Aside from LEED certification, what do you consider key project successes?
The greatest non-LEED success was integration of two different buildings - the greenhouse and laboratories/classrooms - while maintaining their interdependence. Combining these programs in one building reduced development footprint, maximizing open space. Students get all of the amenities of classroom, labs, and research facilities together in one place, reducing travel needs. Additionally, the building integration reduces investment in common needs, such as heating, cooling, electricity, water, Internet, restrooms, and security systems. The project also provides a new indoor connecting corridor from the renovated teaching greenhouses to the new greenhouses, further integrating and connecting the Sciences.
Photo by Warren Jagger
South research laboratory
Additionally, the project was designed with adaptable floor plans and land for future extension. Open interior and high bay spaces provide flexibility in using interior spaces, while adaptable floor plates reduce the need to demolish existing spaces in the case of future renovation (thereby also minimizing waste generation and the need for new construction).
Stormwater management is a challenge given the construction and expansion projects happening within our large university campus. In terms of the greenhouse site we didn't have a lot of land area to deal with stormwater. Determining how to handle our stormwater was one of our design challenges.
Listen to architect Nick Lavita discuss managing stormwater on the CNS greenhouse site.
Since the project was a greenhouse the first thought was to capture the stormwater and incorporate it into the water usage of the building. The real hurdle was that research greenhouses and the research activity doesn't allow for reclaimed water. Providing a three-foot-deep gravel stormwater retention basin to control stormwater on site solved many problems with one elegant and affordable solution. The gravel basin eliminates the need for gutters at the laboratories, as water is able to shed off of the roof, and eliminated the need for an underground water storage structure. It also prevents outdoor plants from interacting with indoor plants because the gravel serves as a biological barrier around the greenhouses.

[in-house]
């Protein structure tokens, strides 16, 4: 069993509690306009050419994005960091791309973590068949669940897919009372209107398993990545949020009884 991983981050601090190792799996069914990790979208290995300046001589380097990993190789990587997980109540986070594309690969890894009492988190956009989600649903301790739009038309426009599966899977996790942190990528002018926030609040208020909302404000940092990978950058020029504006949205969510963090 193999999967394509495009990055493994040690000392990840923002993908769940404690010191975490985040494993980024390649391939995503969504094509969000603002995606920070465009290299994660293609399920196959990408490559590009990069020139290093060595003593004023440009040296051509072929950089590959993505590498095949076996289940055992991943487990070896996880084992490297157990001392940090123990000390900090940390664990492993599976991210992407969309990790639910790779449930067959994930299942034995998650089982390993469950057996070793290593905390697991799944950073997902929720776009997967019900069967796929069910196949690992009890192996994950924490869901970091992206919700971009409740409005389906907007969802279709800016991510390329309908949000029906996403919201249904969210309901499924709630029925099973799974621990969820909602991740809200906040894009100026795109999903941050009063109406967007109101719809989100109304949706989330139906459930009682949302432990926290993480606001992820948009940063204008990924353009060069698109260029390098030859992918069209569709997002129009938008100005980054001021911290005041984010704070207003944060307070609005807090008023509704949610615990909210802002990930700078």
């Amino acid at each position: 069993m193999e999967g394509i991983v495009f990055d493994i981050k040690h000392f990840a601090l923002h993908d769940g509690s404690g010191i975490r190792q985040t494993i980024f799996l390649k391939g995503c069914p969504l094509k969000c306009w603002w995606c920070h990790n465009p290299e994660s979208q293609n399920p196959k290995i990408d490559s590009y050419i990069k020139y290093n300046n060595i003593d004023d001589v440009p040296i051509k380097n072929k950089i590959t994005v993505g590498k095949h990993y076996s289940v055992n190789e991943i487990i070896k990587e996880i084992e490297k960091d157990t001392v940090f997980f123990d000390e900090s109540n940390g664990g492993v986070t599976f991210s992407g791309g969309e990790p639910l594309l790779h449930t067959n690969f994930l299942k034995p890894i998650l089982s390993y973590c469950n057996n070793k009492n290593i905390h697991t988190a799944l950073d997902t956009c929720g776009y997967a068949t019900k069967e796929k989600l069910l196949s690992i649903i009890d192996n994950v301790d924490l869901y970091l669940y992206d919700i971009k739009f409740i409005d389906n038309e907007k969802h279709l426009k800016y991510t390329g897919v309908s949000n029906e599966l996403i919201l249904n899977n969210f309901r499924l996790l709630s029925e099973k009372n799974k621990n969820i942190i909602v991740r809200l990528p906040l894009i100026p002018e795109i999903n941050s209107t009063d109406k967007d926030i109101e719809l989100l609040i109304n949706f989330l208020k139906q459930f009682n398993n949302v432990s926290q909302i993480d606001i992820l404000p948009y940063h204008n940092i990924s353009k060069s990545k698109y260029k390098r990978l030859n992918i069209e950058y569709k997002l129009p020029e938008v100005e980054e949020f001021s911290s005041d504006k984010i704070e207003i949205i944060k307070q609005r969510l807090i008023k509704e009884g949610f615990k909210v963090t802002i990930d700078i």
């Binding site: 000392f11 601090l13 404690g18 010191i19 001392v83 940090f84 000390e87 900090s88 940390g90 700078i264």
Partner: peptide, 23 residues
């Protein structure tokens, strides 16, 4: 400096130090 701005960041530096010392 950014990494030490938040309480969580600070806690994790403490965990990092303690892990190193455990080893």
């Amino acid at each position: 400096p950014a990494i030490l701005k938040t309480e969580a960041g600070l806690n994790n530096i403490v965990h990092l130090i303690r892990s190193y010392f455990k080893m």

The process of energy modeling was a particular challenge because it is a hybrid building that combines a high-tech research greenhouse with state-of-the art laboratories. Each component of the program has distinct systems and envelopes that work closely together, which required an innovative, challenging, and expensive approach to energy modeling. Additionally, modeling the process energy strategies for the greenhouses was challenging.
Photo by Warren Jagger
Greenhouse headhouse and support spaces. Glass connector leads to existing renovated Greenhouse.
What was the value of applying LEED to this project?
The LEED process encouraged the project team to think through the sustainable aspects of the project early in the process. In addition, LEED provided rigor to energy modeling, which produced a better final project. Specifically, LEED pushed the design team to clarify its approach to process energy modeling compliance.
LEED also promoted an integrative design approach, which meant that the project design team involved all key members, such as end users, owners, architects, engineers, contractors, sub-contractors, and commissioning agents from the pre-design phase. Many design decisions associated with environmental impacts were made in the first part of the design process before schematic design begins, establishing needs, expectations, goals, and related strategies that made this design successful. Given this close interaction and thought synergies from all key members, the integrative design approach helped reduce development costs. The storm water management system and integration of two programs into one building would not have been possible without the consistent attention to sustainability goals.